Anyone here ever called anything dumb? I call things dumb all the time. Is this going to cause someone to yell at me for implying that people who can't speak are stupid?

 

Not yell, but it is the same principle. That's a word I try not to use for the same reason. But I'm not exactly on a crusade throughout the forums and the whole wide world to tell people to stop using words. So no, I won't yell at you over it.

Edited by Princess Artemis

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I'm still embarrassed to see that women aren't seen as equals in today's society. And our embarrassing history will be something to blush at in 50 years, if not now.

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Still not seeing why you're so angry over the use of such words, PA. There are words with multiple meanings. The fact that a word meant one thing and a negative meaning arose through use doesn't mean that all instances of the word are suddenly derogatory simply because of how the new meaning came to be. A good example is the one I used earlier: fag is not derogatory in the UK because it refers to cigarettes. In the US it's derogatory because it's used as a slur for gay.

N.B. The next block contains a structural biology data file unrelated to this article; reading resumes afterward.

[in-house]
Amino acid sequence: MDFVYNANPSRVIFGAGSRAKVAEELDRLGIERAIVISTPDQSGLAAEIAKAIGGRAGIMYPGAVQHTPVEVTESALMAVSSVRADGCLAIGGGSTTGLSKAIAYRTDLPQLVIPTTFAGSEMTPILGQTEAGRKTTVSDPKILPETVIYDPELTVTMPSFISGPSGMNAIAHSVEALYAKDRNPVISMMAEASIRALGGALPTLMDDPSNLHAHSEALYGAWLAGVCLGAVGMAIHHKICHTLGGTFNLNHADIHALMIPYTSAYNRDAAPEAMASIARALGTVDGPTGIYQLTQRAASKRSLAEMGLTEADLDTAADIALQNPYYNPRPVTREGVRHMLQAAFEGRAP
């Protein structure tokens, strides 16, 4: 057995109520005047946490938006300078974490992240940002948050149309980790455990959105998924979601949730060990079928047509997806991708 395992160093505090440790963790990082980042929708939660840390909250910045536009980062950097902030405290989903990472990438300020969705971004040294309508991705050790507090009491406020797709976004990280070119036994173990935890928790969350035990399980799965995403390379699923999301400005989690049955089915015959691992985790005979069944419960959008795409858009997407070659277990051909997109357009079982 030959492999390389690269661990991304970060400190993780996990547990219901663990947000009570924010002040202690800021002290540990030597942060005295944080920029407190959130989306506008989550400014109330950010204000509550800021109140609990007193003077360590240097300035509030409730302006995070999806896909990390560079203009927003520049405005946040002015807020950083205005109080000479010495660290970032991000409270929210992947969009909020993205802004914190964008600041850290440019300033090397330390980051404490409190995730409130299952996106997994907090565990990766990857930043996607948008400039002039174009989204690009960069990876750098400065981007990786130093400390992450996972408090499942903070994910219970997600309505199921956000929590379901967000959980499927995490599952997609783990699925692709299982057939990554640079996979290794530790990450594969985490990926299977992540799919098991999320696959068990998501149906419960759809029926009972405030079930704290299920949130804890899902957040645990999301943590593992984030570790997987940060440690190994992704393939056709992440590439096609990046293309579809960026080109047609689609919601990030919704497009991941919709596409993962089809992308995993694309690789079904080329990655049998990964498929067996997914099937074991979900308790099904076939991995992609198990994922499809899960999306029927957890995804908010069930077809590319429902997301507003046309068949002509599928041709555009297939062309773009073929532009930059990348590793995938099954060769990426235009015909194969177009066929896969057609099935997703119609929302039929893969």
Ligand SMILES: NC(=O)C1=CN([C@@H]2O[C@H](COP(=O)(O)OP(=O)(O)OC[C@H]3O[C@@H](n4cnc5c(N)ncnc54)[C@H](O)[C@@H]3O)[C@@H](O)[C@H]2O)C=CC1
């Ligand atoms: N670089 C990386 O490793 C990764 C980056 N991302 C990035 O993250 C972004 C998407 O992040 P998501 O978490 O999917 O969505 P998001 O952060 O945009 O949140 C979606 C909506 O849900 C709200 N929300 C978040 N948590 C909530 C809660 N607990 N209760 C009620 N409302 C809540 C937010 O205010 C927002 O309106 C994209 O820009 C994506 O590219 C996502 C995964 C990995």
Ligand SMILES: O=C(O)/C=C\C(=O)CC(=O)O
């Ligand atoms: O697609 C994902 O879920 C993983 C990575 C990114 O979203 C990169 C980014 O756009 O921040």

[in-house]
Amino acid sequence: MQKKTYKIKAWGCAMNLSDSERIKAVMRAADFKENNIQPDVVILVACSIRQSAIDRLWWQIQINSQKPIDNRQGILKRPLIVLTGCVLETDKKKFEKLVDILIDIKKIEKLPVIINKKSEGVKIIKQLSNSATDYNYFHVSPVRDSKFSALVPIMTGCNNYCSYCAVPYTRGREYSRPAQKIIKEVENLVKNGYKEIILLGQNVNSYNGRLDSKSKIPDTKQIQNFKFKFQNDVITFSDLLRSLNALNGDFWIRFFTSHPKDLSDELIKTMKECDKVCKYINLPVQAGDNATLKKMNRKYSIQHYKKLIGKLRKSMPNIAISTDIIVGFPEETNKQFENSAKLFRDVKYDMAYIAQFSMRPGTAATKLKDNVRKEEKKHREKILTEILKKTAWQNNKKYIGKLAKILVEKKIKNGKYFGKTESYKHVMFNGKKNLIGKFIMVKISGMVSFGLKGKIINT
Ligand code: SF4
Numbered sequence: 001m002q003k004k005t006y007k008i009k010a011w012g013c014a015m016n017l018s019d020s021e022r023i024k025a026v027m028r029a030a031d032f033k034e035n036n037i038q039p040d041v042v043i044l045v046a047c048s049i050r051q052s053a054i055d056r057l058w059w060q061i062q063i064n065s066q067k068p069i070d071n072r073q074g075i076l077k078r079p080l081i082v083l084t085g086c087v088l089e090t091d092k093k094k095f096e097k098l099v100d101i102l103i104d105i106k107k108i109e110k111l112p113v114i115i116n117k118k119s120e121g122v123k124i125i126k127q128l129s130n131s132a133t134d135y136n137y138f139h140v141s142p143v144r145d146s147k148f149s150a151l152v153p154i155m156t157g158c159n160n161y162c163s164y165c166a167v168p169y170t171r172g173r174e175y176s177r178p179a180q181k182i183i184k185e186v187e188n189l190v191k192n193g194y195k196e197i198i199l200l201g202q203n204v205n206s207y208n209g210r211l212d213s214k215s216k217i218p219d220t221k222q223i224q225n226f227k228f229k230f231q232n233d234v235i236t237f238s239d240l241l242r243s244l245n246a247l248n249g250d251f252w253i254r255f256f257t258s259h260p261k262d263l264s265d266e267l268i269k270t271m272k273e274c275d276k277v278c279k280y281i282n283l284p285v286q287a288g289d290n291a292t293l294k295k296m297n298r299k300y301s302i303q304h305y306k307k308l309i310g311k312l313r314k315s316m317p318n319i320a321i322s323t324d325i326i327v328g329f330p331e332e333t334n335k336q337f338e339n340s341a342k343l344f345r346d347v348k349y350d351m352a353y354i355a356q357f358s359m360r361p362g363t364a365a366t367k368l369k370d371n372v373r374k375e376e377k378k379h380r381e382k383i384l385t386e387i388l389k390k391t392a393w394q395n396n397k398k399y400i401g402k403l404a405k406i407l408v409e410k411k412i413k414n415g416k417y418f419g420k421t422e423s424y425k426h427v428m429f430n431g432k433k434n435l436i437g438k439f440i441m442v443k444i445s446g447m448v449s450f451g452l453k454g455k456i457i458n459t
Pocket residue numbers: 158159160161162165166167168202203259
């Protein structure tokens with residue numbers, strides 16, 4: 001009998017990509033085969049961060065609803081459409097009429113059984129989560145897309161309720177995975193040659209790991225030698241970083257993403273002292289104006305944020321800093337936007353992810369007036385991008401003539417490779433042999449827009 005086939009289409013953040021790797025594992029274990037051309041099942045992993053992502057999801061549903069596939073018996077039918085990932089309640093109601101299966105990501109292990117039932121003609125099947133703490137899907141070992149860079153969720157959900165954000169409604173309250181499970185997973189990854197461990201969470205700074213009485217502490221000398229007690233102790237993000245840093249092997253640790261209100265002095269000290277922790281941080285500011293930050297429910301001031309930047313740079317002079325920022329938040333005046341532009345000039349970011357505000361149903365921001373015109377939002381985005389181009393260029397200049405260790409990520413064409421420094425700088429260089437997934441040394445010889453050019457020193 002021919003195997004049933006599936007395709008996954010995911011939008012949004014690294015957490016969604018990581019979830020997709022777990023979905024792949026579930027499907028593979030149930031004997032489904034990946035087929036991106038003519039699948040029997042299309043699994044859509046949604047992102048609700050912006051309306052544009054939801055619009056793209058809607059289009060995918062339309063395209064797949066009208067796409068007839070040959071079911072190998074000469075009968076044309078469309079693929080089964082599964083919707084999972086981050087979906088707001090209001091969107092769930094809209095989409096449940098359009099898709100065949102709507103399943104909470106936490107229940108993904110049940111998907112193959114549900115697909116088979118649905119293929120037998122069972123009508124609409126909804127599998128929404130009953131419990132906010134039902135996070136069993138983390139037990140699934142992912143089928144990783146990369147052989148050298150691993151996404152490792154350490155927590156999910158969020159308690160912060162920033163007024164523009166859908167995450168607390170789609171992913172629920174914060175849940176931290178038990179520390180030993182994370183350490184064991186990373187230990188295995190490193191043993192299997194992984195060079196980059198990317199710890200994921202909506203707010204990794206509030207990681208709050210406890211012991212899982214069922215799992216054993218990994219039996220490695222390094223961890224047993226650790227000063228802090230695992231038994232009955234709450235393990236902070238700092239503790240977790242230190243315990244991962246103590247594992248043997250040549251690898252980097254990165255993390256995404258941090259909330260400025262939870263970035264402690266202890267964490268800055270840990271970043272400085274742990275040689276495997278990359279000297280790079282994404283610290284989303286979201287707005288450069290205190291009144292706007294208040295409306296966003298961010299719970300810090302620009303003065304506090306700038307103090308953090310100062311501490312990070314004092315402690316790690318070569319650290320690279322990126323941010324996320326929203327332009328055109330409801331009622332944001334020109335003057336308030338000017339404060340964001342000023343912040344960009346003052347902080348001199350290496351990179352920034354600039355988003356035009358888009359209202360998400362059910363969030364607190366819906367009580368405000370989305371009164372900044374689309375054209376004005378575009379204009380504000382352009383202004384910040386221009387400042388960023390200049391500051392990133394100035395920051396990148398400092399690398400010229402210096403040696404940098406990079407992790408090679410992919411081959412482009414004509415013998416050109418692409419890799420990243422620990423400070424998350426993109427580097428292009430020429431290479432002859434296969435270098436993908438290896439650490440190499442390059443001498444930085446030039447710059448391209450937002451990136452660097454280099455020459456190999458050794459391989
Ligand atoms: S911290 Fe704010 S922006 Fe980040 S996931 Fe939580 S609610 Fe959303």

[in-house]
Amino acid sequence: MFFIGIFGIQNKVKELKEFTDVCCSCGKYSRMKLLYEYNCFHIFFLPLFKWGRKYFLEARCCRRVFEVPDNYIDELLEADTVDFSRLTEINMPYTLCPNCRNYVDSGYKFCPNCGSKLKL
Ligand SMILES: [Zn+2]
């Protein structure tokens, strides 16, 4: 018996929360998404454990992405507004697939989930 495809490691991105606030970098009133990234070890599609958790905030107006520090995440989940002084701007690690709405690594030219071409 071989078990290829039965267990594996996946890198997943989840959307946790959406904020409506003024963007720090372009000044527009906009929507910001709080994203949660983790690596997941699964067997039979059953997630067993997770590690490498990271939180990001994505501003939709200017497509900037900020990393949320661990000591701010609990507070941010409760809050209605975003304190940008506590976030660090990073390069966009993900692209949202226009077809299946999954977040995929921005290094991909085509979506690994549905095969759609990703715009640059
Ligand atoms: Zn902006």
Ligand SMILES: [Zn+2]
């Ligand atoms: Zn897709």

The word badger can refer to an animal, a person who lives in Wisconsin, or the act of being persistently annoying. When I'm talking about a honey badger I'm not simultaneously talking about a beekeeper from Wisconsin and I'm certainly not implying that all the people from Wisconsin are annoying. Etymology is nothing more than history.

Edited by Lythiaren

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Still not seeing why you're so angry over the use of such words, PA. There are words with multiple meanings. The fact that a word meant one thing and a negative meaning arose through use doesn't mean that all instances of the word are suddenly derogatory simply because of how the new meaning came to be. A good example is the one I used earlier: fag is not derogatory in the UK because it refers to cigarettes. In the US it's derogatory because it's used as a slur for gay.

 

The word badger can refer to an animal, a person who lives in Wisconsin, or the act of being persistently annoying. When I'm talking about a honey badger I'm not simultaneously talking about a beekeeper from Wisconsin and I'm certainly not implying that all the people from Wisconsin are annoying. Etymology is nothing more than history.

I'm not angry. I'm saddened, perhaps. Not angry.